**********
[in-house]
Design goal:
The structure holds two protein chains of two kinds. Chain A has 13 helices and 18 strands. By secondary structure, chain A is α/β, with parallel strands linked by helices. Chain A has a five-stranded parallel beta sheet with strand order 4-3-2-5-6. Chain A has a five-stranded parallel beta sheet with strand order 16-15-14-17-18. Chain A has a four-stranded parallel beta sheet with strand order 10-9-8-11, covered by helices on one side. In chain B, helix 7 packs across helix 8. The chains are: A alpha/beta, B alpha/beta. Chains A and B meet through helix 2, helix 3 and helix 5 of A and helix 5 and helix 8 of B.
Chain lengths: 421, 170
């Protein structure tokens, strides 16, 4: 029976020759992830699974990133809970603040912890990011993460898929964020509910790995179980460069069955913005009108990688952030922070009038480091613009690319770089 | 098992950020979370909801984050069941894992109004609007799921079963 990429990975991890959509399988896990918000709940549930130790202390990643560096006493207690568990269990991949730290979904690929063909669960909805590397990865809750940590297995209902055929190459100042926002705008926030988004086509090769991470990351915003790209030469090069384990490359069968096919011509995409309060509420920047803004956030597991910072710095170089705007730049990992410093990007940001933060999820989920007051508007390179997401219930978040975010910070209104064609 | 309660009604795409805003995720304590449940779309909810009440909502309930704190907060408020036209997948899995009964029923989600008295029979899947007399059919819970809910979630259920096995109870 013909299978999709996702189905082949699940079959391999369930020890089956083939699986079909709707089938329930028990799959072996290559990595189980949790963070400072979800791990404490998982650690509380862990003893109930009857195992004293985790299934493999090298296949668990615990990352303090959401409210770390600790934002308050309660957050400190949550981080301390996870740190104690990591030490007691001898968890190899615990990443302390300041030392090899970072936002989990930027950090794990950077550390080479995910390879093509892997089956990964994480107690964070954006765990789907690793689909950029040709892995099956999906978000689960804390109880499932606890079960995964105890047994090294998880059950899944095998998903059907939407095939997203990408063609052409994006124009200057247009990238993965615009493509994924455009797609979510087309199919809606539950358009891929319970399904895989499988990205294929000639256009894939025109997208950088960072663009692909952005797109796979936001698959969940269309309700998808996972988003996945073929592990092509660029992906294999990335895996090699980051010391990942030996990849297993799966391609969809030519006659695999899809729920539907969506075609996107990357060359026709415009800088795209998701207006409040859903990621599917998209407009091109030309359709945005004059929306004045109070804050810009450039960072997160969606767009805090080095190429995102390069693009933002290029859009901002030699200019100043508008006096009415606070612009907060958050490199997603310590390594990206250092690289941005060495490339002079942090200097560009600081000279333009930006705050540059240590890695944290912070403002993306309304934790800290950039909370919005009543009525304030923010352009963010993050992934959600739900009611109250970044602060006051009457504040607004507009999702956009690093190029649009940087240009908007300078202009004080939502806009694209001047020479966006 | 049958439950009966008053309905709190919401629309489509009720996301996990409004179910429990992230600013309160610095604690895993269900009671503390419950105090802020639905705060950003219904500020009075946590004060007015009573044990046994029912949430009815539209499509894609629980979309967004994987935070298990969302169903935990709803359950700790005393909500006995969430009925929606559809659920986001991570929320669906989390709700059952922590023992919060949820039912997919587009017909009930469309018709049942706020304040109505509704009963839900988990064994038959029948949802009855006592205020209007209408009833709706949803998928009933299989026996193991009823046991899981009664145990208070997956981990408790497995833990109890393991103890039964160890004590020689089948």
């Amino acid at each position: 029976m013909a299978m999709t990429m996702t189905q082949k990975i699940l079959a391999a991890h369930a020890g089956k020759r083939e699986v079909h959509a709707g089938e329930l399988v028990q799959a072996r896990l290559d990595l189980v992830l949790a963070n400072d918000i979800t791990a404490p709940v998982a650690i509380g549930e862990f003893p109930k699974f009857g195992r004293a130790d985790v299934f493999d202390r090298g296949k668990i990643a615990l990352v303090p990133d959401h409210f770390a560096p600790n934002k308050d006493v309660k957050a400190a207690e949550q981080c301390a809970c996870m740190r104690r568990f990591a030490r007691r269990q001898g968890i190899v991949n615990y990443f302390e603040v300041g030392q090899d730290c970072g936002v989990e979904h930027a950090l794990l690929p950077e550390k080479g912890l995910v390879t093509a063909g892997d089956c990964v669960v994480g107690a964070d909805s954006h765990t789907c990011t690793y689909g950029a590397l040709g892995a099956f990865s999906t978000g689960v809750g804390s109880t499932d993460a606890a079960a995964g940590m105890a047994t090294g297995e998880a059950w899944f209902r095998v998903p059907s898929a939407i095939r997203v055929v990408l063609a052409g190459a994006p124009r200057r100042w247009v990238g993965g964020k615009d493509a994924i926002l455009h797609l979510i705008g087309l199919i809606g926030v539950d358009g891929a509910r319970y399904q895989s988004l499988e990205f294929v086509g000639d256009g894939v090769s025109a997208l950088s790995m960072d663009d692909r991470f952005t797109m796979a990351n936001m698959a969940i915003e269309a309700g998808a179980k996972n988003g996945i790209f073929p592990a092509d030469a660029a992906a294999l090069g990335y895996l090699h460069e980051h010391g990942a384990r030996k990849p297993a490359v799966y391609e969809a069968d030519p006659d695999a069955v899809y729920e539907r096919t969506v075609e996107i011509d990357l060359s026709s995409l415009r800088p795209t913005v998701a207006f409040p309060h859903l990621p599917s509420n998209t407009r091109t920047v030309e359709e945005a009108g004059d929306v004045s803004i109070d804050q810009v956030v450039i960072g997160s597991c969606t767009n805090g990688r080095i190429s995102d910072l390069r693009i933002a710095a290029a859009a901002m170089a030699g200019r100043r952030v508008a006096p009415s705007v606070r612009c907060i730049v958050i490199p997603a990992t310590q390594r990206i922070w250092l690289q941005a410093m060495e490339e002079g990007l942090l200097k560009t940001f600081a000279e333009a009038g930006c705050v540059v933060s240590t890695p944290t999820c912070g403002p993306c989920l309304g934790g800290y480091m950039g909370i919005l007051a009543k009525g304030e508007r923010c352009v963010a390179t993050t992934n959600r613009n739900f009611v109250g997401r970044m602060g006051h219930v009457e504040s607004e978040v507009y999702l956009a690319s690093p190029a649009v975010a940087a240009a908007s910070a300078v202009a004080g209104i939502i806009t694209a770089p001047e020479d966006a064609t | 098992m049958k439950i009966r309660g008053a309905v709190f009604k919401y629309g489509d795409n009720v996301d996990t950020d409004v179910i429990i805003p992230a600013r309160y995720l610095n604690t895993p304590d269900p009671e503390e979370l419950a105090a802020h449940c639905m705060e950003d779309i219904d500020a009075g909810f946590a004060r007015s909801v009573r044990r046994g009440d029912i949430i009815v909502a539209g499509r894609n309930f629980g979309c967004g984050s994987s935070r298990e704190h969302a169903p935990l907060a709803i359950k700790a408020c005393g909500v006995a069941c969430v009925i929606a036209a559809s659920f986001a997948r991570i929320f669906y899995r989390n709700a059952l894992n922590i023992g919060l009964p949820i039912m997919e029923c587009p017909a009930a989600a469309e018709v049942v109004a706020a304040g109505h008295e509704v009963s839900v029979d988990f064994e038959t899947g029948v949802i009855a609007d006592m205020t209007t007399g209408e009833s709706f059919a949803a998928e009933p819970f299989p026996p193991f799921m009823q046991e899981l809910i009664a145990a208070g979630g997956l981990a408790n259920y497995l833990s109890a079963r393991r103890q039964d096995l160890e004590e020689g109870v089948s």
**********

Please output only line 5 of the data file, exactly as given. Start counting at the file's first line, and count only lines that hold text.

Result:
């Protein structure tokens, strides 16, 4: 029976020759992830699974990133809970603040912890990011993460898929964020509910790995179980460069069955913005009108990688952030922070009038480091613009690319770089 | 098992950020979370909801984050069941894992109004609007799921079963 990429990975991890959509399988896990918000709940549930130790202390990643560096006493207690568990269990991949730290979904690929063909669960909805590397990865809750940590297995209902055929190459100042926002705008926030988004086509090769991470990351915003790209030469090069384990490359069968096919011509995409309060509420920047803004956030597991910072710095170089705007730049990992410093990007940001933060999820989920007051508007390179997401219930978040975010910070209104064609 | 309660009604795409805003995720304590449940779309909810009440909502309930704190907060408020036209997948899995009964029923989600008295029979899947007399059919819970809910979630259920096995109870 013909299978999709996702189905082949699940079959391999369930020890089956083939699986079909709707089938329930028990799959072996290559990595189980949790963070400072979800791990404490998982650690509380862990003893109930009857195992004293985790299934493999090298296949668990615990990352303090959401409210770390600790934002308050309660957050400190949550981080301390996870740190104690990591030490007691001898968890190899615990990443302390300041030392090899970072936002989990930027950090794990950077550390080479995910390879093509892997089956990964994480107690964070954006765990789907690793689909950029040709892995099956999906978000689960804390109880499932606890079960995964105890047994090294998880059950899944095998998903059907939407095939997203990408063609052409994006124009200057247009990238993965615009493509994924455009797609979510087309199919809606539950358009891929319970399904895989499988990205294929000639256009894939025109997208950088960072663009692909952005797109796979936001698959969940269309309700998808996972988003996945073929592990092509660029992906294999990335895996090699980051010391990942030996990849297993799966391609969809030519006659695999899809729920539907969506075609996107990357060359026709415009800088795209998701207006409040859903990621599917998209407009091109030309359709945005004059929306004045109070804050810009450039960072997160969606767009805090080095190429995102390069693009933002290029859009901002030699200019100043508008006096009415606070612009907060958050490199997603310590390594990206250092690289941005060495490339002079942090200097560009600081000279333009930006705050540059240590890695944290912070403002993306309304934790800290950039909370919005009543009525304030923010352009963010993050992934959600739900009611109250970044602060006051009457504040607004507009999702956009690093190029649009940087240009908007300078202009004080939502806009694209001047020479966006 | 049958439950009966008053309905709190919401629309489509009720996301996990409004179910429990992230600013309160610095604690895993269900009671503390419950105090802020639905705060950003219904500020009075946590004060007015009573044990046994029912949430009815539209499509894609629980979309967004994987935070298990969302169903935990709803359950700790005393909500006995969430009925929606559809659920986001991570929320669906989390709700059952922590023992919060949820039912997919587009017909009930469309018709049942706020304040109505509704009963839900988990064994038959029948949802009855006592205020209007209408009833709706949803998928009933299989026996193991009823046991899981009664145990208070997956981990408790497995833990109890393991103890039964160890004590020689089948």